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Refusal of treatment during obstetric care can foster tension between patients and care providers

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A new analysis by researchers at the NYU Rory Meyers College of Nursing and the University of British Columbia found that when pregnant people refused recommended treatments such as prenatal testing and epidural anesthesia, tensions between patients and their care providers. Conflicts can arise.

“People should feel safe, respected and engaged in childbirth care, but our findings can foster distrust and avoidance if care providers do not listen to patients. It suggests that, “said Dr. P. Mininiles of MPH, CNM. , NYU Rory Meyers College of Nursing Associate Professor, lead author of this study, and published in the journal. PLOS ONE.. “These situations prioritize human autonomy and preference.”

In recent years with the World Health Organization Lancet We publish the framework about Quality of care During pregnancy, during childbirth, and after childbirth. In particular, they emphasize not only physical consequences, but also a person’s psychosocial experience. These experiences Health care providerIncluding doctors, midwives and nurses — factors such as respect, trust, agent and autonomy have emerged as important aspects of obstetric medicine.

“Providing care is an act of respect and respect, and how we provide care is just as important as the care we provide,” said midwife Niles.

However, in many cases, medical interactions are inadequate, or worse, patients report derogatory and rude behavior by their care providers. Participants in the study explained that they had no treatment options and were experiencing a lack of respect in claiming autonomy. This can discourage self-efficacy, mental health, and future health care.

These interactions occur especially when a pregnant person refuses or refuses the care provided or recommended by the health care provider.To Maternity care, This may include certain of the aforementioned Prenatal testing Researchers at the University of British Columbia and Niles have shown in a recent study that gestational diabetes, genetic testing, etc.), medications (epidural anesthesia, other pain relief, etc.), or childbirth interventions (labor induction, etc.) Reproductive health..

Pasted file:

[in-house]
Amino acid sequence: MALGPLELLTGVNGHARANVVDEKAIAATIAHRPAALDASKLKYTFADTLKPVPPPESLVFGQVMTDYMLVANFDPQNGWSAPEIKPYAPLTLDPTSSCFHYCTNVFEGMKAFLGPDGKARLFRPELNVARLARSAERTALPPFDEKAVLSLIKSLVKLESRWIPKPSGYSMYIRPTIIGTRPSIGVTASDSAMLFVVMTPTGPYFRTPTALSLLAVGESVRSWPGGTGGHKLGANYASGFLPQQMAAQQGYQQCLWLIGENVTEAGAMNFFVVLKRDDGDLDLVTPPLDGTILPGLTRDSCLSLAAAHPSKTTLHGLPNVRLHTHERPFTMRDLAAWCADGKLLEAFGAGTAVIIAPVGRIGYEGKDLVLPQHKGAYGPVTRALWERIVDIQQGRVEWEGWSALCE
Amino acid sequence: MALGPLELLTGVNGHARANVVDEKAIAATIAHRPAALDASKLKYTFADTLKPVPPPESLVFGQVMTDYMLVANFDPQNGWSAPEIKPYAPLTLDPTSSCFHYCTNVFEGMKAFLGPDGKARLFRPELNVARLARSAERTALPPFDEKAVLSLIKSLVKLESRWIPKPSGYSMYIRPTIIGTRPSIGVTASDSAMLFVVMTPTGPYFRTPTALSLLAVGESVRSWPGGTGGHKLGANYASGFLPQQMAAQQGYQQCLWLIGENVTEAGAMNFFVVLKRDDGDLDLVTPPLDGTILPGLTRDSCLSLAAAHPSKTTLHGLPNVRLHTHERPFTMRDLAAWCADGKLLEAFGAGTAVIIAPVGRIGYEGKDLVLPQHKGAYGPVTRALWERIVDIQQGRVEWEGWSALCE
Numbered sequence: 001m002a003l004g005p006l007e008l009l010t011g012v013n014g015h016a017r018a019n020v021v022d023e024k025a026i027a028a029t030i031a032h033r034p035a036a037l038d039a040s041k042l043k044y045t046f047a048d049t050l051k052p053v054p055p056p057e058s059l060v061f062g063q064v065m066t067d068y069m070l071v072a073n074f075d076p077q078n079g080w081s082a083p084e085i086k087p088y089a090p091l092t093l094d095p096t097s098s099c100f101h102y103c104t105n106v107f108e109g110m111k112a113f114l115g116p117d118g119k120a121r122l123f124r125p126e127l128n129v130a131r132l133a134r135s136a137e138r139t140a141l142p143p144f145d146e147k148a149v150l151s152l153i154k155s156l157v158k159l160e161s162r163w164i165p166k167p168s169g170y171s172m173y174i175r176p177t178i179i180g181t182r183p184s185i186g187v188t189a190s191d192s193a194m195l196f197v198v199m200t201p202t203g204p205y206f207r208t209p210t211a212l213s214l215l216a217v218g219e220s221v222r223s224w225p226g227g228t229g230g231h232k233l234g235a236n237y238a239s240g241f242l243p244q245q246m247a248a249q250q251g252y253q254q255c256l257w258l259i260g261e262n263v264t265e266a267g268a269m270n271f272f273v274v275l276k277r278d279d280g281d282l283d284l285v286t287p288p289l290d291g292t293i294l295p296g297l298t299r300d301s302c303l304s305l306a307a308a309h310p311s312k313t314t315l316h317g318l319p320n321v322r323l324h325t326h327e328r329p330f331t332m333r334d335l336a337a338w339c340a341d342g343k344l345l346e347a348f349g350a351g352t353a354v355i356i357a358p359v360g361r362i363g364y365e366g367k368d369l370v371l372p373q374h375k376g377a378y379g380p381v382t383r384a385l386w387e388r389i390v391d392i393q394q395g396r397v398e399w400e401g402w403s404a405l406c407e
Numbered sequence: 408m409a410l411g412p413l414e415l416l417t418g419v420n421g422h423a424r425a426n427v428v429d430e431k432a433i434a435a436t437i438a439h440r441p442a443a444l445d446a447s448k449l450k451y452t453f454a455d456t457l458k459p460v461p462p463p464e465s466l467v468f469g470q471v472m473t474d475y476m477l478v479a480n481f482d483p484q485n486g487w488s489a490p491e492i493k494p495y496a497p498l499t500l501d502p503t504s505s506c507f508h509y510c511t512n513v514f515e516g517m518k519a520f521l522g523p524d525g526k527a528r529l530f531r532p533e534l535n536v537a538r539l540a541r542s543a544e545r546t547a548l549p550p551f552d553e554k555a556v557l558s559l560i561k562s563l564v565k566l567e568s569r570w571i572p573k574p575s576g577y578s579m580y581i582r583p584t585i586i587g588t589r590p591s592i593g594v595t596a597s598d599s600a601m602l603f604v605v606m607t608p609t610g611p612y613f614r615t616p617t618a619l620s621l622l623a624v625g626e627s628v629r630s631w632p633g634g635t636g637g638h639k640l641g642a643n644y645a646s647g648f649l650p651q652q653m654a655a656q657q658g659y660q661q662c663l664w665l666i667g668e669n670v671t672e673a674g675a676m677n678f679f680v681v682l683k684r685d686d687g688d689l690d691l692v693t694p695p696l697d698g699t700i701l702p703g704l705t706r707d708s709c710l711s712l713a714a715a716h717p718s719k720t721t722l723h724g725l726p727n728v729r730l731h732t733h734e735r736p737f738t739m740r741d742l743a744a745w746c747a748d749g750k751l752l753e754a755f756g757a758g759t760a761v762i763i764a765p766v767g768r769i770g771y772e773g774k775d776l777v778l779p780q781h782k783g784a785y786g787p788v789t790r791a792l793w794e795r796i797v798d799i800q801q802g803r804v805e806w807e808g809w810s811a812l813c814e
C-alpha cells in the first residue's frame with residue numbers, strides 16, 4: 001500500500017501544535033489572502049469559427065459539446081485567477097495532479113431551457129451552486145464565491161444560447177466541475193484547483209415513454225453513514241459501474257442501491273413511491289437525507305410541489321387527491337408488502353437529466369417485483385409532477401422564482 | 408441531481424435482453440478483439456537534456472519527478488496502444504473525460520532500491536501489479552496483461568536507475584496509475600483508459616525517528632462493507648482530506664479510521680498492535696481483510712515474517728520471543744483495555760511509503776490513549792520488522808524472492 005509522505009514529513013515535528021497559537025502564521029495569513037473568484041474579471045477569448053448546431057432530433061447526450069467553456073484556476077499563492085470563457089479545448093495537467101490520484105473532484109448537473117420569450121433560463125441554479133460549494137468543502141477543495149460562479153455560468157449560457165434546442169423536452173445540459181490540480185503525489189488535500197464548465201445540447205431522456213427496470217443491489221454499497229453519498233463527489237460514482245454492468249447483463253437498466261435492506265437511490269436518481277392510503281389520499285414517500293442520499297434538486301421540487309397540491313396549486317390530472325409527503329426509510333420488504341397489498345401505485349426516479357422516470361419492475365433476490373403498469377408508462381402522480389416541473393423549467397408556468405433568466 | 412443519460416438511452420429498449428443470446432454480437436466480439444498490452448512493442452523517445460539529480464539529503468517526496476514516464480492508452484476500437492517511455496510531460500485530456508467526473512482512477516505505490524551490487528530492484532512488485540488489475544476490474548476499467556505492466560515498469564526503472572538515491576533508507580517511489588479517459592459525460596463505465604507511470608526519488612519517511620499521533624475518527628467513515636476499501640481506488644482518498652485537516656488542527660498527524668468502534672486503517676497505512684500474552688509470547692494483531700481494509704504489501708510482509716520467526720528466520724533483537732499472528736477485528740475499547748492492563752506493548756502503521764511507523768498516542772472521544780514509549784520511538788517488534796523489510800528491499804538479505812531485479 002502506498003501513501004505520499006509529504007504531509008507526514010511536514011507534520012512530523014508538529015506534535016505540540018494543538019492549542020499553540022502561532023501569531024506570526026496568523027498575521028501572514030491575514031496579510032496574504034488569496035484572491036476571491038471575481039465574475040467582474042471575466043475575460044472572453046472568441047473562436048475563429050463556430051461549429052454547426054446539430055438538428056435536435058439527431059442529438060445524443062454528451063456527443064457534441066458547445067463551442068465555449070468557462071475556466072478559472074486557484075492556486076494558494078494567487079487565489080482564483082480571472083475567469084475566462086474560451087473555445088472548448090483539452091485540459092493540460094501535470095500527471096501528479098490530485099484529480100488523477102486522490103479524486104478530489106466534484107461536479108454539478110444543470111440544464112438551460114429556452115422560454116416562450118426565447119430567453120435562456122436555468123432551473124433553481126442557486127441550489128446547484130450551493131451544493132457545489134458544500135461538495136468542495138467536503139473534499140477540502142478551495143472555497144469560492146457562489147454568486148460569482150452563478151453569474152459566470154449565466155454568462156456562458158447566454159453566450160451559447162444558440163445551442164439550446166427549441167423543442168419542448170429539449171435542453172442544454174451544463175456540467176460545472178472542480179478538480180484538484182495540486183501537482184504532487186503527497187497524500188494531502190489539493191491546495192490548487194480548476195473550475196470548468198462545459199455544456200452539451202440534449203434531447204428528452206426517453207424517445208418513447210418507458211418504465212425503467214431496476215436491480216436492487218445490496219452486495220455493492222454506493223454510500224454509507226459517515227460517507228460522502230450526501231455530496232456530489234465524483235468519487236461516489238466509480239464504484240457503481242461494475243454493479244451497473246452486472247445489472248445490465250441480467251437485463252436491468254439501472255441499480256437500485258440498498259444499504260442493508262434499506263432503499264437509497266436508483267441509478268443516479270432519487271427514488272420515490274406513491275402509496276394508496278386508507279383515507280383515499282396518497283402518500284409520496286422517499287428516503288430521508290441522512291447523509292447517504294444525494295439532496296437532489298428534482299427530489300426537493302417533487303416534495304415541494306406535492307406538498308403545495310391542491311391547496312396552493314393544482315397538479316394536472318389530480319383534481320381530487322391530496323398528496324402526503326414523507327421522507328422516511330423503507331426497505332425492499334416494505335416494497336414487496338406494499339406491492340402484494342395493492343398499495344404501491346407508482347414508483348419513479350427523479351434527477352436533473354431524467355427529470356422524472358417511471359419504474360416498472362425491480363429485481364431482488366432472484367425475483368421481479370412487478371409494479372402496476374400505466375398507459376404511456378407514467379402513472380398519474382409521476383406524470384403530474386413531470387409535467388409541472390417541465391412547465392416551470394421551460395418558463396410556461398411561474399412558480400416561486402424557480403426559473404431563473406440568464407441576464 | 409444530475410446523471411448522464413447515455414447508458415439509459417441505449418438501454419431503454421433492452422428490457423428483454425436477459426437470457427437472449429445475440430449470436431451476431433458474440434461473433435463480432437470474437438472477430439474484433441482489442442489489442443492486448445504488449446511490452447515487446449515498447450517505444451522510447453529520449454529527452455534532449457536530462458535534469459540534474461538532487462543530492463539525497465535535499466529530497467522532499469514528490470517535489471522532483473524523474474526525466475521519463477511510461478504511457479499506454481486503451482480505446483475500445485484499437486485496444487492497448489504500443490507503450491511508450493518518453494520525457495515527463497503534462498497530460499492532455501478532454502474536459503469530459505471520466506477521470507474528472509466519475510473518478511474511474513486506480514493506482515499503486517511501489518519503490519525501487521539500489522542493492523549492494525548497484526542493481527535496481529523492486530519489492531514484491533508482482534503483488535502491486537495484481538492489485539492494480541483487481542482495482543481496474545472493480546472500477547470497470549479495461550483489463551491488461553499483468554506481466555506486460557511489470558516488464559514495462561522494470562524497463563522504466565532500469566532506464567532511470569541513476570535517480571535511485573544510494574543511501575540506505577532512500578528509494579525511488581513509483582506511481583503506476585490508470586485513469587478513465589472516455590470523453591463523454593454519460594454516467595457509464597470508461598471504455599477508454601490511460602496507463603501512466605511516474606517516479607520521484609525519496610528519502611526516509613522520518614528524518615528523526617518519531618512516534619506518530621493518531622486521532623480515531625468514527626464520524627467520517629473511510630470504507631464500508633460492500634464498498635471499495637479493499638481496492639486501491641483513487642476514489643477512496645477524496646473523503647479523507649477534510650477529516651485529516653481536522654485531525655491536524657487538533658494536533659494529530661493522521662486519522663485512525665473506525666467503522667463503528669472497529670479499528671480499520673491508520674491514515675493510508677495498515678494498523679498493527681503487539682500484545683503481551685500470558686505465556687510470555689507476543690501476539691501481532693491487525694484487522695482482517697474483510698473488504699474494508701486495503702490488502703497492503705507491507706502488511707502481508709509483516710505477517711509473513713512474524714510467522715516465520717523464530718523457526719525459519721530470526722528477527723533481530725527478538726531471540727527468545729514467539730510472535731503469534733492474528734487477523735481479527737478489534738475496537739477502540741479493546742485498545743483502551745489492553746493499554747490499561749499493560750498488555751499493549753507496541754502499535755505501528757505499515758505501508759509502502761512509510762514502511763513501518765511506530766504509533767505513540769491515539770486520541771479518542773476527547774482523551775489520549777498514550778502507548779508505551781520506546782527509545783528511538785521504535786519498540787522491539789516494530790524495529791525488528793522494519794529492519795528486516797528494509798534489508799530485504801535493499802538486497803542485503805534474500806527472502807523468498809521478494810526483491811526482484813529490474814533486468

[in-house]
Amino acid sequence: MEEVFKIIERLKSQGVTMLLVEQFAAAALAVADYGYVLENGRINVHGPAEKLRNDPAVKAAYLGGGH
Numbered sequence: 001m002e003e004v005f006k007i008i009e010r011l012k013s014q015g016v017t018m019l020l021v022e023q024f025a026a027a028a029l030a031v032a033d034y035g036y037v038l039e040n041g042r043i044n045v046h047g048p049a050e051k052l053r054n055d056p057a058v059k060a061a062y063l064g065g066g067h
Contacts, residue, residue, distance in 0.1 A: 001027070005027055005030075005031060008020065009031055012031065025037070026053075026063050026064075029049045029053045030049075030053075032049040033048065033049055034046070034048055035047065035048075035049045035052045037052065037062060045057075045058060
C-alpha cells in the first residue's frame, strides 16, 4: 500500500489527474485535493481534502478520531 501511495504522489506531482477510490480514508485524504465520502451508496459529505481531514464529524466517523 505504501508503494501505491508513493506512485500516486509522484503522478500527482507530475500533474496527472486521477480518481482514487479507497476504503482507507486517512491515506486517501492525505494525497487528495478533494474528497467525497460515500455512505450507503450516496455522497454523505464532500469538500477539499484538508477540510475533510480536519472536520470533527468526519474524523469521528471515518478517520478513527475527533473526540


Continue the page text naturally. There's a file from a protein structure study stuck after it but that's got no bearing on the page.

To better understand the experience of women giving birth, Niles and her colleagues conducted a qualitative content analysis of 1,540 written accounts from more than 1,000 women in British Columbia, Canada. This account is part of a 2014 survey of changes in childbirth in British Columbia, conducted using an online survey that includes open-form questions, including questions about the experience of reduced care. it was done.

Four themes emerged.

  • Controversial Interactions: In a tense interaction, participants stated that they “fight” for the right to refuse the kind of care and procedure or intervention they desire.
  • Knowledge as Control and Power: Knowledge has been seen as a source of power for both providers who are considered holders of medical knowledge and patients who have found strength in knowing the procedures and interventions they are refusing. It was.
  • Pathological threat: When pregnant people refused to intervene, healthcare providers posed extreme threats, such as “Do you want your baby to die?” These were particularly powerful during labor and were often experienced as coercion or manipulation to accept the procedures provided.
  • The Importance of Compliance: Many have expressed the feeling that obedience to the clinical recommendations of being a “good client” is important in the medical experience, but it also wants to reject their questions and care. It may suppress the desire.

“Our findings show the complex experience patients experience when they refuse to take care of traditional gender care systems,” says Niles. “As a healthcare provider, learning how to support a patient’s autonomy and decision-making process understands and provides care how we interact when our suggestions do not match the patient’s wishes. It means you have to keep going. “

To support patient autonomy, researchers need to incorporate their values ​​into their care plans, not as an event, but as a continuous process reflected in human-centered care ideas. It is written that.

Although the study focused on British Columbia birthers, researchers note that their findings are part of a global phenomenon and are probably translated into other populations.

“In the United States, one in six people is reportedly abused during childbirth, which includes intimidation and compulsory care. Among colored women, this is in three. “It will increase to one,” Niles added, citing a study that gave a voice to his mother. “Healthcare exists not only as a service, but also in relationships. We are not auto mechanics. Trust, autonomy, respect, and other important things in relationships depend on providers and medical systems. It should be evaluated and supported. ”


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For more information:
P. Mimi Niles et al, “I fought hard”: Experience of the decline of obstetric medical services in British Columbia, PLOS ONE (2021). DOI: 10.1371 / journal.pone.0252645

Quote: Refusal of treatment during obstetric care may foster tension between the patient and the care provider (June 23, 2021).

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Refusal of treatment during obstetric care can foster tension between patients and care providers

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